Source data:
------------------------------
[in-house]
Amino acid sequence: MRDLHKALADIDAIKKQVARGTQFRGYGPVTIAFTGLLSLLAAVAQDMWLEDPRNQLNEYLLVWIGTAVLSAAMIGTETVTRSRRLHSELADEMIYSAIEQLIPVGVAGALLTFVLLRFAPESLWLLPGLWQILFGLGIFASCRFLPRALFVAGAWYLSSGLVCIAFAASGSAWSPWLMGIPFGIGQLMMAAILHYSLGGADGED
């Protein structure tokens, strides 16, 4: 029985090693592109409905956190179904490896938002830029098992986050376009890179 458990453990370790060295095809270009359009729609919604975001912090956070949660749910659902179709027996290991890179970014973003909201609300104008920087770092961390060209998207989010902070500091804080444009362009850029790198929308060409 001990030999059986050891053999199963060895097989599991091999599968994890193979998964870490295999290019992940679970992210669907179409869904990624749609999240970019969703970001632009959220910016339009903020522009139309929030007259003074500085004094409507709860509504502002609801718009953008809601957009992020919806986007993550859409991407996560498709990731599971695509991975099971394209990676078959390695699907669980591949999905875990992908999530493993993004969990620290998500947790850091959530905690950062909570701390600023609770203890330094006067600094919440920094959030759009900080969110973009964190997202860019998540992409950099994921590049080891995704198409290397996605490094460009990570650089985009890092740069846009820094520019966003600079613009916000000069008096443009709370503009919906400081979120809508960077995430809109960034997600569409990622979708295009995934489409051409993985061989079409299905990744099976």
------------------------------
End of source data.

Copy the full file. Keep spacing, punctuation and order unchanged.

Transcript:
[in-house]
Amino acid sequence: MRDLHKALADIDAIKKQVARGTQFRGYGPVTIAFTGLLSLLAAVAQDMWLEDPRNQLNEYLLVWIGTAVLSAAMIGTETVTRSRRLHSELADEMIYSAIEQLIPVGVAGALLTFVLLRFAPESLWLLPGLWQILFGLGIFASCRFLPRALFVAGAWYLSSGLVCIAFAASGSAWSPWLMGIPFGIGQLMMAAILHYSLGGADGED
């Protein structure tokens, strides 16, 4: 029985090693592109409905956190179904490896938002830029098992986050376009890179 458990453990370790060295095809270009359009729609919604975001912090956070949660749910659902179709027996290991890179970014973003909201609300104008920087770092961390060209998207989010902070500091804080444009362009850029790198929308060409 001990030999059986050891053999199963060895097989599991091999599968994890193979998964870490295999290019992940679970992210669907179409869904990624749609999240970019969703970001632009959220910016339009903020522009139309929030007259003074500085004094409507709860509504502002609801718009953008809601957009992020919806986007993550859409991407996560498709990731599971695509991975099971394209990676078959390695699907669980591949999905875990992908999530493993993004969990620290998500947790850091959530905690950062909570701390600023609770203890330094006067600094919440920094959030759009900080969110973009964190997202860019998540992409950099994921590049080891995704198409290397996605490094460009990570650089985009890092740069846009820094520019966003600079613009916000000069008096443009709370503009919906400081979120809508960077995430809109960034997600569409990622979708295009995934489409051409993985061989079409299905990744099976």